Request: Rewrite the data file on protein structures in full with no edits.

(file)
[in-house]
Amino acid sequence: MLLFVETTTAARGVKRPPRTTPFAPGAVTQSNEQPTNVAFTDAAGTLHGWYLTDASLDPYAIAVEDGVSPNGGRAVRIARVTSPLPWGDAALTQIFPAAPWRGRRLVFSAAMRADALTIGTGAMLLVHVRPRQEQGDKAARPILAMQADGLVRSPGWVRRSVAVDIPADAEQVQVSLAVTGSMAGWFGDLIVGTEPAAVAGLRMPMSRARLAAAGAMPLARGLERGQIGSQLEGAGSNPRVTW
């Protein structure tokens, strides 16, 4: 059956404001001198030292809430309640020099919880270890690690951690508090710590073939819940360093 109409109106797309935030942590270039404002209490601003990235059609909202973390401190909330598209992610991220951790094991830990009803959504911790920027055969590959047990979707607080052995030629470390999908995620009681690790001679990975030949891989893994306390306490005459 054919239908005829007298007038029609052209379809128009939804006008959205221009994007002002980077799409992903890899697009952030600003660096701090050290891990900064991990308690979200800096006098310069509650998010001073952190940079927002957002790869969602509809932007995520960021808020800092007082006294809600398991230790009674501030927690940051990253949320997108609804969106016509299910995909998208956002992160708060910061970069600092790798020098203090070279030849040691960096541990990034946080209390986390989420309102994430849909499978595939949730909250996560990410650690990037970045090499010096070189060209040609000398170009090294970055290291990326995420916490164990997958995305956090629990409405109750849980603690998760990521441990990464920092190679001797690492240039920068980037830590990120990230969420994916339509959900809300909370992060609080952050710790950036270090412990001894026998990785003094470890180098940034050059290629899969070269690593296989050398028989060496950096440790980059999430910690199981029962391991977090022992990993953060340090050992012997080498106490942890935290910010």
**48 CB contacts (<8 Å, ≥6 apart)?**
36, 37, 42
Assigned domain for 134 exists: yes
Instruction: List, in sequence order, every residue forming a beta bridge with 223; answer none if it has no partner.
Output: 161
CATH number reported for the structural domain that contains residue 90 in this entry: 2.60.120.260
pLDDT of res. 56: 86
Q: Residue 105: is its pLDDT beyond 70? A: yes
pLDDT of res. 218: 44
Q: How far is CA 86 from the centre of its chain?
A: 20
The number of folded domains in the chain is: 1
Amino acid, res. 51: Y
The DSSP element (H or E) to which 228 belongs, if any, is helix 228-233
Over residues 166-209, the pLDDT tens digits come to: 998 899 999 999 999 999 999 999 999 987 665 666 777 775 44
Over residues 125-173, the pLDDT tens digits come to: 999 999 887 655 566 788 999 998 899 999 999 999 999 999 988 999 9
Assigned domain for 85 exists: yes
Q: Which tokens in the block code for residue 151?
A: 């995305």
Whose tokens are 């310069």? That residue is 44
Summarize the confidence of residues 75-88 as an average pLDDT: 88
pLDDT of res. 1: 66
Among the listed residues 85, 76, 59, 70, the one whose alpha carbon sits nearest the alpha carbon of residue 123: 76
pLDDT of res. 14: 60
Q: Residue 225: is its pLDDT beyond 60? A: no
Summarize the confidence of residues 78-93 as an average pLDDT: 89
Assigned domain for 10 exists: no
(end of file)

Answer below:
[in-house]
Amino acid sequence: MLLFVETTTAARGVKRPPRTTPFAPGAVTQSNEQPTNVAFTDAAGTLHGWYLTDASLDPYAIAVEDGVSPNGGRAVRIARVTSPLPWGDAALTQIFPAAPWRGRRLVFSAAMRADALTIGTGAMLLVHVRPRQEQGDKAARPILAMQADGLVRSPGWVRRSVAVDIPADAEQVQVSLAVTGSMAGWFGDLIVGTEPAAVAGLRMPMSRARLAAAGAMPLARGLERGQIGSQLEGAGSNPRVTW
């Protein structure tokens, strides 16, 4: 059956404001001198030292809430309640020099919880270890690690951690508090710590073939819940360093 109409109106797309935030942590270039404002209490601003990235059609909202973390401190909330598209992610991220951790094991830990009803959504911790920027055969590959047990979707607080052995030629470390999908995620009681690790001679990975030949891989893994306390306490005459 054919239908005829007298007038029609052209379809128009939804006008959205221009994007002002980077799409992903890899697009952030600003660096701090050290891990900064991990308690979200800096006098310069509650998010001073952190940079927002957002790869969602509809932007995520960021808020800092007082006294809600398991230790009674501030927690940051990253949320997108609804969106016509299910995909998208956002992160708060910061970069600092790798020098203090070279030849040691960096541990990034946080209390986390989420309102994430849909499978595939949730909250996560990410650690990037970045090499010096070189060209040609000398170009090294970055290291990326995420916490164990997958995305956090629990409405109750849980603690998760990521441990990464920092190679001797690492240039920068980037830590990120990230969420994916339509959900809300909370992060609080952050710790950036270090412990001894026998990785003094470890180098940034050059290629899969070269690593296989050398028989060496950096440790980059999430910690199981029962391991977090022992990993953060340090050992012997080498106490942890935290910010």
**48 CB contacts (<8 Å, ≥6 apart)?**
36, 37, 42
Assigned domain for 134 exists: yes
Instruction: List, in sequence order, every residue forming a beta bridge with 223; answer none if it has no partner.
Output: 161
CATH number reported for the structural domain that contains residue 90 in this entry: 2.60.120.260
pLDDT of res. 56: 86
Q: Residue 105: is its pLDDT beyond 70? A: yes
pLDDT of res. 218: 44
Q: How far is CA 86 from the centre of its chain?
A: 20
The number of folded domains in the chain is: 1
Amino acid, res. 51: Y
The DSSP element (H or E) to which 228 belongs, if any, is helix 228-233
Over residues 166-209, the pLDDT tens digits come to: 998 899 999 999 999 999 999 999 999 987 665 666 777 775 44
Over residues 125-173, the pLDDT tens digits come to: 999 999 887 655 566 788 999 998 899 999 999 999 999 999 988 999 9
Assigned domain for 85 exists: yes
Q: Which tokens in the block code for residue 151?
A: 């995305």
Whose tokens are 């310069």? That residue is 44
Summarize the confidence of residues 75-88 as an average pLDDT: 88
pLDDT of res. 1: 66
Among the listed residues 85, 76, 59, 70, the one whose alpha carbon sits nearest the alpha carbon of residue 123: 76
pLDDT of res. 14: 60
Q: Residue 225: is its pLDDT beyond 60? A: no
Summarize the confidence of residues 78-93 as an average pLDDT: 89
Assigned domain for 10 exists: no